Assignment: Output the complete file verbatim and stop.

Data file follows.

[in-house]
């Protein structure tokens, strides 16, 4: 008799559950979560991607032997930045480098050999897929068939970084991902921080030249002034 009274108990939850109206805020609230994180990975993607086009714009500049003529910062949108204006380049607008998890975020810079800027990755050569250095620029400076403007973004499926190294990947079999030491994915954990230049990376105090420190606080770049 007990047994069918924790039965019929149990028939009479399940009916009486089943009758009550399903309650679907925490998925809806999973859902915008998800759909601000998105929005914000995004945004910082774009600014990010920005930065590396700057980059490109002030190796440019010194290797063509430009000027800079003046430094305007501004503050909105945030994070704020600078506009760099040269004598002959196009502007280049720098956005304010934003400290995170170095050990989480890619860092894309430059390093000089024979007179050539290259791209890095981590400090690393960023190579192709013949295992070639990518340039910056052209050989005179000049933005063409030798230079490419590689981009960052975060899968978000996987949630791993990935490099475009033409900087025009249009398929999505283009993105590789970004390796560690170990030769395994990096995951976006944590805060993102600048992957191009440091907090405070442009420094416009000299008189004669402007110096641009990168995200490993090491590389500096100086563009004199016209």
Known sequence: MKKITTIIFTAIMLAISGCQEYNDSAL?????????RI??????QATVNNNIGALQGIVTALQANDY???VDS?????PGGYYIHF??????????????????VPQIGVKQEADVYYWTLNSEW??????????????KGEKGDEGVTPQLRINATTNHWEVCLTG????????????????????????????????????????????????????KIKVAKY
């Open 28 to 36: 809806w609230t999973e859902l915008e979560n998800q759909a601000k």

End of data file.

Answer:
[in-house]
């Protein structure tokens, strides 16, 4: 008799559950979560991607032997930045480098050999897929068939970084991902921080030249002034 009274108990939850109206805020609230994180990975993607086009714009500049003529910062949108204006380049607008998890975020810079800027990755050569250095620029400076403007973004499926190294990947079999030491994915954990230049990376105090420190606080770049 007990047994069918924790039965019929149990028939009479399940009916009486089943009758009550399903309650679907925490998925809806999973859902915008998800759909601000998105929005914000995004945004910082774009600014990010920005930065590396700057980059490109002030190796440019010194290797063509430009000027800079003046430094305007501004503050909105945030994070704020600078506009760099040269004598002959196009502007280049720098956005304010934003400290995170170095050990989480890619860092894309430059390093000089024979007179050539290259791209890095981590400090690393960023190579192709013949295992070639990518340039910056052209050989005179000049933005063409030798230079490419590689981009960052975060899968978000996987949630791993990935490099475009033409900087025009249009398929999505283009993105590789970004390796560690170990030769395994990096995951976006944590805060993102600048992957191009440091907090405070442009420094416009000299008189004669402007110096641009990168995200490993090491590389500096100086563009004199016209």
Known sequence: MKKITTIIFTAIMLAISGCQEYNDSAL?????????RI??????QATVNNNIGALQGIVTALQANDY???VDS?????PGGYYIHF??????????????????VPQIGVKQEADVYYWTLNSEW??????????????KGEKGDEGVTPQLRINATTNHWEVCLTG????????????????????????????????????????????????????KIKVAKY
């Open 28 to 36: 809806w609230t999973e859902l915008e979560n998800q759909a601000k």